Editor in Chief: Moh. Reza Huwaida Friday, July 21st, 2017

Draft Law on Protests Calls for Strict Limitations

Draft Law on Protests Calls  for Strict Limitations

KABUL - If approved by parliament, the new draft law would give government the authority to ban demonstrations for security reasons and in sensitive areas.
MPs and civil rights activists on Monday slammed a new draft law which calls for restrictions to be imposed on demonstrations.
The draft law, which has been seen by TOLOnews, gives government the authority to prevent demonstrations in sensitive areas; ban protests for security reasons and limits the pitching of tents.
It also lays out guidelines for protest organizers and states they have to avoid blocking roads; maintain a distance of 500 meters from military installations and 200 meters from government and educational facilities; prevent interference by powerful people; evacuate an area in the event of any security threat and limit all protests to no more than three days.
However, the Ministry of Justice (MoJ) said it is still working on the draft law.
The MoJ said that the draft law, which is made up of six chapters and 33 articles, was discussed for the first time at a cabinet meeting a week ago.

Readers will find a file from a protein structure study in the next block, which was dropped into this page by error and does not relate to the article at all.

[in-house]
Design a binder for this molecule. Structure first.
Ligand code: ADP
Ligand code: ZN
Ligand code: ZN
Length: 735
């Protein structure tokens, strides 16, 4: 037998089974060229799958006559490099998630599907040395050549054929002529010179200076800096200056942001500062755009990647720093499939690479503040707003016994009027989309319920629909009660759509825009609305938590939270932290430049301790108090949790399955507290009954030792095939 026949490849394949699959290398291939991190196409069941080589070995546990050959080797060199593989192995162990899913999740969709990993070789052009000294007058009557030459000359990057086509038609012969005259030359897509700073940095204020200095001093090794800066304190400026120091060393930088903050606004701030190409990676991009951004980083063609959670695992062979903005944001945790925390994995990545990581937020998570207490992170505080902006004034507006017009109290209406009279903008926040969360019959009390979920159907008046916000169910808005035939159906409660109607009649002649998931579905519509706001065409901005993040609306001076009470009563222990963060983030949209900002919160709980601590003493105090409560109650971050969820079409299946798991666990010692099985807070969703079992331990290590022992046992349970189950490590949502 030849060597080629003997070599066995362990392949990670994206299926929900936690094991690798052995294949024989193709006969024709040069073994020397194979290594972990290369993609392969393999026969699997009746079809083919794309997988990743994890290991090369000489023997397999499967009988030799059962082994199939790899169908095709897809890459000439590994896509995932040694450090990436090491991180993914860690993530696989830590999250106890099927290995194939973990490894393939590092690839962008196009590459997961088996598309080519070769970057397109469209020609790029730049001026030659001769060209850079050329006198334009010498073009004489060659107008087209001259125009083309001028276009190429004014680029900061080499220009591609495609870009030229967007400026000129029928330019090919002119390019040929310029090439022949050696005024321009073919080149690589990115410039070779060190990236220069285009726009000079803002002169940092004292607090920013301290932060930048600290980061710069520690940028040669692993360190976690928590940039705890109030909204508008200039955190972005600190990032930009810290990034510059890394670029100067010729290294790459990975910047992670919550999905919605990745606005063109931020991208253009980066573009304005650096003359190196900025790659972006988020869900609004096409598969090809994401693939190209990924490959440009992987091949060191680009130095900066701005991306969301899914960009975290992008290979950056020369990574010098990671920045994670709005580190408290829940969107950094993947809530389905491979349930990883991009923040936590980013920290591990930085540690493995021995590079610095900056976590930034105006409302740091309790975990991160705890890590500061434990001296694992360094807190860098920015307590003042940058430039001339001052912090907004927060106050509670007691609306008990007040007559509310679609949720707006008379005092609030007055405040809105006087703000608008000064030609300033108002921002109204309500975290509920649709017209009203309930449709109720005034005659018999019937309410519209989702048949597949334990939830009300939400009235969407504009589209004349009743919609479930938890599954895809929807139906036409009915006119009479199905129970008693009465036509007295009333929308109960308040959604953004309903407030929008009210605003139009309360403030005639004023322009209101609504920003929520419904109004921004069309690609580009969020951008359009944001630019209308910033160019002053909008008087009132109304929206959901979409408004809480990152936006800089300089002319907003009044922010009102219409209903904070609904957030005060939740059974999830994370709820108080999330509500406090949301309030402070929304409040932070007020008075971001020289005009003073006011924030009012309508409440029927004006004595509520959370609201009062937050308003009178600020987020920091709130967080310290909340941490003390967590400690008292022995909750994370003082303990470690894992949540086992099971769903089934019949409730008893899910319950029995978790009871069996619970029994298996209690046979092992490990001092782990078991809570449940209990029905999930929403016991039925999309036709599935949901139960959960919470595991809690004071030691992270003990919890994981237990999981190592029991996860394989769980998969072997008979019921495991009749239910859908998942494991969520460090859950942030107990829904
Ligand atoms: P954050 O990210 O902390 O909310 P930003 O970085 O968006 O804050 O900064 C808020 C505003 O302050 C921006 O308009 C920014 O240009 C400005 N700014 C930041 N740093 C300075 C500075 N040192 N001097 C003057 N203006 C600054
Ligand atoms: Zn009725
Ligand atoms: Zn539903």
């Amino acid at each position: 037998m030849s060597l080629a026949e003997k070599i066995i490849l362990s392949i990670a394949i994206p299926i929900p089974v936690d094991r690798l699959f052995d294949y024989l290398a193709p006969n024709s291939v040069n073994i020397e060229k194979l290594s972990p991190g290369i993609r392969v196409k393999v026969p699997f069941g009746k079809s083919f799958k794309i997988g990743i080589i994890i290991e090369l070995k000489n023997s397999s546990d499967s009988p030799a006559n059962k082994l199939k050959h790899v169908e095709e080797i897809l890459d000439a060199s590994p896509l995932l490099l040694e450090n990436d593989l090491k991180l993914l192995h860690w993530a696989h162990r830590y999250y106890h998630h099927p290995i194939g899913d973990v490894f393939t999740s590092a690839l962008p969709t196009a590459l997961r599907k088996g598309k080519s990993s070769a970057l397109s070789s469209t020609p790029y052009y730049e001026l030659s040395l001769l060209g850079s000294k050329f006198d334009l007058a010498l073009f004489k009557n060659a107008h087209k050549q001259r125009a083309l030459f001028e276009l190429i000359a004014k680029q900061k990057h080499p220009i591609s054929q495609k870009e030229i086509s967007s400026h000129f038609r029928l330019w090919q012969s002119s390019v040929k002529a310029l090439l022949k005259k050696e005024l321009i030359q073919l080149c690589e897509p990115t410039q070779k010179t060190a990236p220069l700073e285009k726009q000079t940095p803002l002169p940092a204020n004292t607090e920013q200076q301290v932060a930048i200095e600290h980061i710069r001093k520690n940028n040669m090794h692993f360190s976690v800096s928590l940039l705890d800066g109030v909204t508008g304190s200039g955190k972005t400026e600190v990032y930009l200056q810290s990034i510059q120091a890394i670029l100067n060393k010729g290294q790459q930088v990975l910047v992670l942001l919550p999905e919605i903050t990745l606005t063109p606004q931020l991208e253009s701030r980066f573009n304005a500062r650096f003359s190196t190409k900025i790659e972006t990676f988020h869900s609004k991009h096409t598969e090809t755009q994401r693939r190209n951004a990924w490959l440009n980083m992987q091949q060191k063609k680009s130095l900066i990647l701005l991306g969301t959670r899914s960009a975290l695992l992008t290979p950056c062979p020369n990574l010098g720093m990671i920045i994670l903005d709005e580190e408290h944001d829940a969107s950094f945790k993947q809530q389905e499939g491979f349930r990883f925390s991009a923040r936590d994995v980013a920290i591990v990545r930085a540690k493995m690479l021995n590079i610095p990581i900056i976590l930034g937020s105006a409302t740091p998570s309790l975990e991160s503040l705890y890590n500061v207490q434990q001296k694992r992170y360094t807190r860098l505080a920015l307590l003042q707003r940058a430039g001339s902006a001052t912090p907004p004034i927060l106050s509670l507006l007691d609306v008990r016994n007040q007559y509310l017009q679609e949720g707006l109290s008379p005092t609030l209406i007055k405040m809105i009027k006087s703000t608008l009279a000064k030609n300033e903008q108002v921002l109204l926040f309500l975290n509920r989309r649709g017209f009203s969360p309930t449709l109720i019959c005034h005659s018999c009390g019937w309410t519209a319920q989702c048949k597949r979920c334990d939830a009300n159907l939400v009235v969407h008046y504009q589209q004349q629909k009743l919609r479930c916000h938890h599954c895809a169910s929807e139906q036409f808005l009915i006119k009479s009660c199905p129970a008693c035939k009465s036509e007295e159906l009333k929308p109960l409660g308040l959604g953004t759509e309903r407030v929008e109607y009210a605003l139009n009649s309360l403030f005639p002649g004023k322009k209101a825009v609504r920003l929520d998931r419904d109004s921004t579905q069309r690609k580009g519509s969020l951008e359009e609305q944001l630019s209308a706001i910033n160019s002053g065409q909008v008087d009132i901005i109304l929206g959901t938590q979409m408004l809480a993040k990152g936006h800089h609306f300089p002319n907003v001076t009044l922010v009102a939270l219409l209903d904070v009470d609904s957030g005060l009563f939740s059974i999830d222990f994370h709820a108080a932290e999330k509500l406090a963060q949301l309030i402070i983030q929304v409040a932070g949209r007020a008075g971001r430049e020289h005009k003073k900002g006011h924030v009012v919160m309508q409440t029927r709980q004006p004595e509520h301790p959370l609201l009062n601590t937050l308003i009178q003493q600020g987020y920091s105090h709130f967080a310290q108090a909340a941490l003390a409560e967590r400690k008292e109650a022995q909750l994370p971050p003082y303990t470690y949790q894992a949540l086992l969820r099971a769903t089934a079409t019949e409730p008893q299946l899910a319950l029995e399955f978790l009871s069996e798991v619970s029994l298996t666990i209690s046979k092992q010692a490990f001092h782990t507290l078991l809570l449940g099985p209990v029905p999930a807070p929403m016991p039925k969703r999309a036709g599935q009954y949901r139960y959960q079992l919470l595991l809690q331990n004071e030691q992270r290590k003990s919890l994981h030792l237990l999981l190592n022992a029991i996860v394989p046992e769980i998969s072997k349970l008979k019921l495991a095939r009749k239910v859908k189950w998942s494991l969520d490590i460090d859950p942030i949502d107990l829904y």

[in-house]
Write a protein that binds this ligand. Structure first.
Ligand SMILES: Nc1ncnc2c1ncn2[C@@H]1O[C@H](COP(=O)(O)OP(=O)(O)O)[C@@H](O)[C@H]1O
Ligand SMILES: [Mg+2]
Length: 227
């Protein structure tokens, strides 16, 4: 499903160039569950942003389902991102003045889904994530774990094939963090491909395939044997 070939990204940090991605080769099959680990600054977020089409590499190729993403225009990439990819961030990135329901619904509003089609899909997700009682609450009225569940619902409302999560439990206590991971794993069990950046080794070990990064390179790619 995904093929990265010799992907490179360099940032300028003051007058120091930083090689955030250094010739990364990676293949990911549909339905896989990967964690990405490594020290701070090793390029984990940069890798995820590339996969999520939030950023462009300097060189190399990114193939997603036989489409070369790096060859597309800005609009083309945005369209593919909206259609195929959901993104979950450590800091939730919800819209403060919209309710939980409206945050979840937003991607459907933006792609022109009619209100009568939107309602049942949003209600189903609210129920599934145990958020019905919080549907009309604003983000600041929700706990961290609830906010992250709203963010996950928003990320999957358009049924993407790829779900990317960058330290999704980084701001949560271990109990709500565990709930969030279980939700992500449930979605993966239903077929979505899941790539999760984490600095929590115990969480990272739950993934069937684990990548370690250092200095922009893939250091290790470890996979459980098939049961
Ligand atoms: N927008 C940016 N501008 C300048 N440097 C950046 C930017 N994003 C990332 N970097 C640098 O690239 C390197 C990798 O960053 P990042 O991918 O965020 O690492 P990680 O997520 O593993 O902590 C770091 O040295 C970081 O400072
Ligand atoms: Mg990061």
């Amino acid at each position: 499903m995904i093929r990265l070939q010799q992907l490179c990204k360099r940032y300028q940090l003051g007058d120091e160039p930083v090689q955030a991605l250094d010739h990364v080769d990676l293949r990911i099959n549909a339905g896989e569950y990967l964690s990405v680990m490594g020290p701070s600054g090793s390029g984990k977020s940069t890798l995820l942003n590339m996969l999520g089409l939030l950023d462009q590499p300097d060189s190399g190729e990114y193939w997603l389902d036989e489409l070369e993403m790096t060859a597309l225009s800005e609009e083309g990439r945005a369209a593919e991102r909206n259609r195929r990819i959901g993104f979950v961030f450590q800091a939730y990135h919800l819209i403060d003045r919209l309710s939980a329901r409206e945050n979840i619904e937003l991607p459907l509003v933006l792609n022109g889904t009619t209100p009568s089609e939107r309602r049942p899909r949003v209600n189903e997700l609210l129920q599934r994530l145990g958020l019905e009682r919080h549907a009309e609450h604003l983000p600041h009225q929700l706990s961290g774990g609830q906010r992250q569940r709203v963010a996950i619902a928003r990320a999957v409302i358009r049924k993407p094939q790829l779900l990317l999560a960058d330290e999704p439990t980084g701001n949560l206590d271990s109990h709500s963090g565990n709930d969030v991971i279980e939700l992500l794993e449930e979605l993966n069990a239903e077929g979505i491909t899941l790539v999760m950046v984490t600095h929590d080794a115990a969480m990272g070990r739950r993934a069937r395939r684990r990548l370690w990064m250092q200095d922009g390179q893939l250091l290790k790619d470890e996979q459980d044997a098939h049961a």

“The draft law on gatherings, strikes, protests has been sent to the ministry of justice; the ministry of justice studied the law and the law has been certified by the law commission of the Islamic Republic of Afghanistan,” said MoJ spokesman Aman Riazat.
The draft law also contains a section that maps out the authorities of security forces in dealing with protests.
But MPs said it was unacceptable to impose restrictions on public gatherings and demonstrations.
“If government plans to put restrictions on protests, it means government is silencing the voice of the people and this is unacceptable to the representatives of the people of Afghanistan,” said MP Zaheer Saadat.
“The government is pursuing a repressive policy against the people,” said civil society activist Laila Jaffari.
The draft law is expected to be referred to parliament once the views of civil society activists and the human rights commission have been taken in to account. (Tolonews)